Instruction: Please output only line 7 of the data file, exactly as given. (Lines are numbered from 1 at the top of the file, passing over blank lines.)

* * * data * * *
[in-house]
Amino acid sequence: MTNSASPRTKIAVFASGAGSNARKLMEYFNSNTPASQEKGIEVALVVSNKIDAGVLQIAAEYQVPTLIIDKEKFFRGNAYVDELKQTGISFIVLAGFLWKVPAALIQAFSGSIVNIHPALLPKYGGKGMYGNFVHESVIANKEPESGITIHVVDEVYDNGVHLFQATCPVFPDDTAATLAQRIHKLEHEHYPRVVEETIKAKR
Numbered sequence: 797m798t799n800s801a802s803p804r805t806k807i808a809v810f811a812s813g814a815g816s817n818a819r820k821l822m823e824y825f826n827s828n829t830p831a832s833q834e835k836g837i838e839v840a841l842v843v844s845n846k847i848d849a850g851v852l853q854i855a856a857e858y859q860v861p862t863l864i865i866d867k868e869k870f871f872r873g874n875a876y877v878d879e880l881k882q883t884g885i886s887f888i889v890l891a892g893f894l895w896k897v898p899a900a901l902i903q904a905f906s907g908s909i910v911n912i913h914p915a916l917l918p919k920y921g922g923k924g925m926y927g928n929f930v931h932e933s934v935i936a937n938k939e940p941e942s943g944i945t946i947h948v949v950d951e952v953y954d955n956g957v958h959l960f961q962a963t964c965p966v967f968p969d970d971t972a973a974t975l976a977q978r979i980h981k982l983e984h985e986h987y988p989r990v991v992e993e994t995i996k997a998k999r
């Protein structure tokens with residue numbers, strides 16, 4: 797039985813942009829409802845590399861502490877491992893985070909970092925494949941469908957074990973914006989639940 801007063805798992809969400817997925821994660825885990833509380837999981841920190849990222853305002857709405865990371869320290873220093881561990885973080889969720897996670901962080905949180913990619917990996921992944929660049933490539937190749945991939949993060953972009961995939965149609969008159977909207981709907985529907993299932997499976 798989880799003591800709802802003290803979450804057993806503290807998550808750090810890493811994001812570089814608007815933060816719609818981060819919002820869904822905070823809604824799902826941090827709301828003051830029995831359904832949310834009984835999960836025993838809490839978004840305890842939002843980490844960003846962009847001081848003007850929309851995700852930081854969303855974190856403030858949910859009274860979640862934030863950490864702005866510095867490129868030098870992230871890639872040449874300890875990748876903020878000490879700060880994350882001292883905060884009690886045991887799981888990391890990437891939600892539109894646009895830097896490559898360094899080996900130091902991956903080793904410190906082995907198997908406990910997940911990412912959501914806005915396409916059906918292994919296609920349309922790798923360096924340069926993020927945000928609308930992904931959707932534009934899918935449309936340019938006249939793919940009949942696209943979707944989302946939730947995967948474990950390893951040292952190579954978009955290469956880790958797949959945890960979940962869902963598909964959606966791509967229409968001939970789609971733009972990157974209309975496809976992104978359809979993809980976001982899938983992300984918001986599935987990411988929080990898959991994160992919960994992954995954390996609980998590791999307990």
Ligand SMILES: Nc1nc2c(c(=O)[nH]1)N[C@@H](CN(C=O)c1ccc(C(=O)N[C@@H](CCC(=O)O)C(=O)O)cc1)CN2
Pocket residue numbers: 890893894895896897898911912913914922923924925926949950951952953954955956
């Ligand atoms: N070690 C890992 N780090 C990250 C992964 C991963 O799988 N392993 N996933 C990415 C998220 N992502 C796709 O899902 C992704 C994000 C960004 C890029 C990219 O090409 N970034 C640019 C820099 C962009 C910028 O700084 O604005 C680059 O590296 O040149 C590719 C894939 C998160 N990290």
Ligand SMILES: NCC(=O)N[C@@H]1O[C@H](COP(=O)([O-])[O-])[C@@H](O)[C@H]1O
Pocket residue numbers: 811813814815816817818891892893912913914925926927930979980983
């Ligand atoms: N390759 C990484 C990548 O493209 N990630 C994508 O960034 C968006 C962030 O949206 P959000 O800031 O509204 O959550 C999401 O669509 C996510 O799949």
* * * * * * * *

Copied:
């Ligand atoms: N070690 C890992 N780090 C990250 C992964 C991963 O799988 N392993 N996933 C990415 C998220 N992502 C796709 O899902 C992704 C994000 C960004 C890029 C990219 O090409 N970034 C640019 C820099 C962009 C910028 O700084 O604005 C680059 O590296 O040149 C590719 C894939 C998160 N990290």